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Journal of Chemical Ecology

, Volume 30, Issue 2, pp 255–271 | Cite as

The Role of Methyl Salicylate in Prey Searching Behavior of the Predatory Mite Phytoseiulus persimilis

  • Jetske G. De Boer
  • Marcel Dicke
Article

Abstract

Many carnivorous arthropods use herbivore-induced plant volatiles to locate their prey. These plant volatiles are blends of up to hundreds of compounds. It is often unknown which compounds in such a complex volatile blend represent the signal to the foraging carnivore. We studied the role of methyl salicylate (MeSA) as part of the volatile blend in the foraging behavior of the predatory mite Phytoseiulus persimilis by using a Y-tube olfactometer. MeSA is one of the compounds released by lima bean, infested with Tetranychus urticae—a prey species of the predatory mite. MeSA attracted satiated predatory mites in a dose-dependent way with optimum attraction at a dose of 0.2 μg. Predatory mites did not discriminate between a prey-induced lima bean volatile blend (that contains MeSA) and a prey-induced volatile blend to which an extra amount of synthetic MeSA had been added. However, they preferred a MeSA-containing volatile blend (induced by T. urticae) to an otherwise similar but MeSA-free blend (induced by jasmonic acid). Adding synthetic MeSA to the MeSA-free blend significantly increased the mites' choice for this odor, suggesting an important role for MeSA. This study is a new step toward unraveling the role of herbivore-induced plant volatiles in the foraging behavior of predatory arthropods.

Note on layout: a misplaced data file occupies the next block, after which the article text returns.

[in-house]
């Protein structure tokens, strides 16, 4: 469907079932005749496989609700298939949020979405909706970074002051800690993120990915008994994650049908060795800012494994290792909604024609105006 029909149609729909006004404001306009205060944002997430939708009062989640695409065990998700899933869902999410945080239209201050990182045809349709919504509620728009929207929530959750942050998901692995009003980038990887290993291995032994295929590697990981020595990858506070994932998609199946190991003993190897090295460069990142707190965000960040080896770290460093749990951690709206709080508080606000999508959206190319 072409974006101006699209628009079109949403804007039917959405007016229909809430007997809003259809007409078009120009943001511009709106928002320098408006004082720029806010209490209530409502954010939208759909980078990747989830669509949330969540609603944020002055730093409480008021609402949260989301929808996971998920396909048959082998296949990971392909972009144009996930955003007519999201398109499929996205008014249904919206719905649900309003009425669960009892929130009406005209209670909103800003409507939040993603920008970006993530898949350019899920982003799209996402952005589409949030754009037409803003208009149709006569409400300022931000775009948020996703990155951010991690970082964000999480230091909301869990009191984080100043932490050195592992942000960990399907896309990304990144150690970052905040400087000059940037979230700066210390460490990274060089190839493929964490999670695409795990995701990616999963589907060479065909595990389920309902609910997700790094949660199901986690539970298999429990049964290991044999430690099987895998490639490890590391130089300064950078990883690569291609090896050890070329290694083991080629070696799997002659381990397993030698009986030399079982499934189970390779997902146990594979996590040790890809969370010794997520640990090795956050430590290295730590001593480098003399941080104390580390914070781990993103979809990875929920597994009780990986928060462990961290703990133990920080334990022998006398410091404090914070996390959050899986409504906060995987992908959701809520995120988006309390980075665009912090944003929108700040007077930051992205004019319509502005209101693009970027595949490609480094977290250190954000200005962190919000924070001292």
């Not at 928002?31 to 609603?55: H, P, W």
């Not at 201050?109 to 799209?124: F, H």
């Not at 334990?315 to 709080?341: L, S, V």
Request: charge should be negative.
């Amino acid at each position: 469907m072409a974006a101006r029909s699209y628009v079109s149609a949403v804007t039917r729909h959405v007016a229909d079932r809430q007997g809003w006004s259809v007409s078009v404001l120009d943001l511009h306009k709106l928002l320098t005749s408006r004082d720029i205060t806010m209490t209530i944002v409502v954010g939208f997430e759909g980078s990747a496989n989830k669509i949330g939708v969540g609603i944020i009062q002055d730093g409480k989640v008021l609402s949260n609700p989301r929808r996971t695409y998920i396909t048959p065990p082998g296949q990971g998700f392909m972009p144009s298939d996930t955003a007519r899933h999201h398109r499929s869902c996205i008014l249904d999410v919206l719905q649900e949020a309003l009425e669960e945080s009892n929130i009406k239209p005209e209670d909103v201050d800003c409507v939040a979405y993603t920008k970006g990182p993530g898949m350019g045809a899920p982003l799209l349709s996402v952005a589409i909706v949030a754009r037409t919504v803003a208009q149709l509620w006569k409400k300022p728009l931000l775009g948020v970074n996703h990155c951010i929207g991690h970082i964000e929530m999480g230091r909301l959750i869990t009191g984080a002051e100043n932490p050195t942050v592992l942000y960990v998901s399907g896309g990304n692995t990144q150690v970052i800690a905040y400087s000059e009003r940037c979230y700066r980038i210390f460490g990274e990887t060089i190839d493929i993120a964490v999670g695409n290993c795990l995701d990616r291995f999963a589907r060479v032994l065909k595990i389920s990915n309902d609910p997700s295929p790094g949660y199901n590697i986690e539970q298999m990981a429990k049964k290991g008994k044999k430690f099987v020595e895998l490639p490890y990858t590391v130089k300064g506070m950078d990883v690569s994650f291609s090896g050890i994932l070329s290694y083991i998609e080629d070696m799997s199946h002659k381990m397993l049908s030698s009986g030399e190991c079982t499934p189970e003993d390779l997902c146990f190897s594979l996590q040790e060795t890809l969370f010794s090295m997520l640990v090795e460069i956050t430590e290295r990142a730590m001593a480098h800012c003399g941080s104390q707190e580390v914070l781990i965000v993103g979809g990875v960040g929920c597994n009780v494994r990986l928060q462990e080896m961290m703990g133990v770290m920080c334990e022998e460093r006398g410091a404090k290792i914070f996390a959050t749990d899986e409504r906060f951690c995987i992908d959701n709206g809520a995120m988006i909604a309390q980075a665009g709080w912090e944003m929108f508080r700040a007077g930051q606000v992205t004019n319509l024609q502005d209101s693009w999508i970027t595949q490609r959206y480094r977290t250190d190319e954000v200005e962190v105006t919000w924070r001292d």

Plant–carnivore interactions herbivore-induced plant volatiles tritrophic interactions variation jasmonic acid specificity methyl salicylate 

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Copyright information

© Plenum Publishing Corporation 2004

Authors and Affiliations

  • Jetske G. De Boer
    • 1
  • Marcel Dicke
    • 1
  1. 1.Laboratory of EntomologyWageningen UniversityWageningenThe Netherlands

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